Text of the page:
In order to obtain the lighting device 3, for example, a plurality of LEDs are arrayed along the section of the lighting device 3, and the brightness of each of the LEDs is adjusted based on the value of L(θ) corresponding to the arrangement angle θ of the LED. A diffuser plate is arranged in front of the LED such that the light source radiance can impinge on the point P from any angle. Therefore, even in the perfect mirror surface object, the reflected light can always be observed at the point P from the camera 1. In such a configuration, the radiance of the light emitted from each light emission element is line-symmetrically distributed in relation to the straight line passing through the light emission element and the measurement point P.

The object whose coefficient kσ is known is previously arranged at the point P such that the orientation of the normal vector is matched with n, the luminance of the reflected light is measured with the camera 1, and the value of the luminance is stored in the information processing device (the processing is called teaching). When the measuring target is inspected, the object is placed at the measurement point P, and the luminance of the reflected light is measured with the camera 1. The determination whether the orientation of the normal vector of the measuring target is n can easily be made by comparing the measured value to the previously-stored value. For example, the measuring apparatus is utilized for a flaw inspection of the object surface.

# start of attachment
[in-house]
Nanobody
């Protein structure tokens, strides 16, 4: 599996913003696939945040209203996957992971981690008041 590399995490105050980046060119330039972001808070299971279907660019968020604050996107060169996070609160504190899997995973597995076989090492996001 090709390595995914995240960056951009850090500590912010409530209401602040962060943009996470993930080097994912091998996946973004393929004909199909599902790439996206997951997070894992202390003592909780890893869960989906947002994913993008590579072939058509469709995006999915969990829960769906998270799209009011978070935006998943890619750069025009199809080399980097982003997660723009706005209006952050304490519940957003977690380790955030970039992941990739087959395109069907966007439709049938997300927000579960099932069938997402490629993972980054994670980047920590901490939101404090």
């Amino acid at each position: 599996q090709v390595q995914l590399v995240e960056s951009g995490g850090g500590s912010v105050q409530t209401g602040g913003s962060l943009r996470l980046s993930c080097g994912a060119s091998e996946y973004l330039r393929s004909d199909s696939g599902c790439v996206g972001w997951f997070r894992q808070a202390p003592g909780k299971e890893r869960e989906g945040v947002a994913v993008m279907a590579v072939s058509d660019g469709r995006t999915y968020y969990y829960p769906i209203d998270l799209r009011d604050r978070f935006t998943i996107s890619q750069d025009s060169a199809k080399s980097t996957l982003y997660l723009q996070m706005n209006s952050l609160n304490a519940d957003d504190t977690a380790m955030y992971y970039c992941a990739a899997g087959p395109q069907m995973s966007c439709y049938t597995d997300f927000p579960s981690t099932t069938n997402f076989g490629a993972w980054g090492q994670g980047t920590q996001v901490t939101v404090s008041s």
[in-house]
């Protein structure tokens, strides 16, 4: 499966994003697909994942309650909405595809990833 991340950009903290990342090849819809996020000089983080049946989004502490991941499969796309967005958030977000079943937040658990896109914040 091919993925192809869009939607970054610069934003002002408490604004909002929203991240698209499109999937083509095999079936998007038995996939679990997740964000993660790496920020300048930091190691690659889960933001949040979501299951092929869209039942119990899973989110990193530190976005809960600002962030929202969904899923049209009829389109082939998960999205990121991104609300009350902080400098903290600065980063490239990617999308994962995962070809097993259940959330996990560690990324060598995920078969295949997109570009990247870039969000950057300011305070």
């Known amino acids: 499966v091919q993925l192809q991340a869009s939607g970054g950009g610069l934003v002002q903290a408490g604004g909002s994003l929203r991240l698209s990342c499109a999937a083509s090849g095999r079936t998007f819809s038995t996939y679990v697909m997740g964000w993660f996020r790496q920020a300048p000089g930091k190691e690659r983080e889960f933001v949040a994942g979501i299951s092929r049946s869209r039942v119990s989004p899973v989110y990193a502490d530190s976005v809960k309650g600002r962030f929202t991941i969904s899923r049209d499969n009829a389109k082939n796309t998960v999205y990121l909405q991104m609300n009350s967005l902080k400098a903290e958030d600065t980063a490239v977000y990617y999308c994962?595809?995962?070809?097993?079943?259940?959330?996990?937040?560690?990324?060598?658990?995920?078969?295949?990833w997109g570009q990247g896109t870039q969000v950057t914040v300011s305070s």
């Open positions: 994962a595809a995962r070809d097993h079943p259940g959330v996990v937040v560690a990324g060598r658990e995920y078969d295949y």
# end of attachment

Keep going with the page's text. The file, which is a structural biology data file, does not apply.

(In the case where kσ is unknown)

When kσ is unknown, two kinds of the light source distributions may be used. For example, two kinds of the light source distributions L1(θ) and L2(θ) are prepared, the measuring target is irradiated with the pieces of light emitted from the light sources, and the imaging is performed with the camera, which allows the following vector Iσ to be calculated:
I σ=(∫A L 1(θ)R σ(θ−θs)dθ, ∫ A L 2(θ)R σ(θ−θs))   (6)

When the angle formed between the light source direction corresponding to Iσ and the normal vector of the measuring target is equal to θs, that is, when the orientations of the vector Iσ and vector (L1s), L2s)) are identical to each other, the determination whether the normal vector of the measuring target is n can be made. The condition that “the orientations of the vector Iσ and vector (L1s), L2s)) are identical to each other” is expressed by the following relational expression:
I σ=α(L 1s), L 2s))   (7)

Specifically, a feature value in which the coefficient kσ is eliminated is determined by calculating the intensity ratio of the pieces of reflected light observed in the two kinds of the light source distributions, and the orientation of the normal vector of the measuring target can be determined using the feature value. When at least the two kinds of the light source distributions are used, for example, the surface of the measuring target is simultaneously irradiated with the pieces of light such as R and G which have different wavelengths, and the pieces of reflected light are separated on the camera side. Therefore, advantageously the measurement is performed by only one-time imaging.

(In the Case Where n is Plural or Unknown)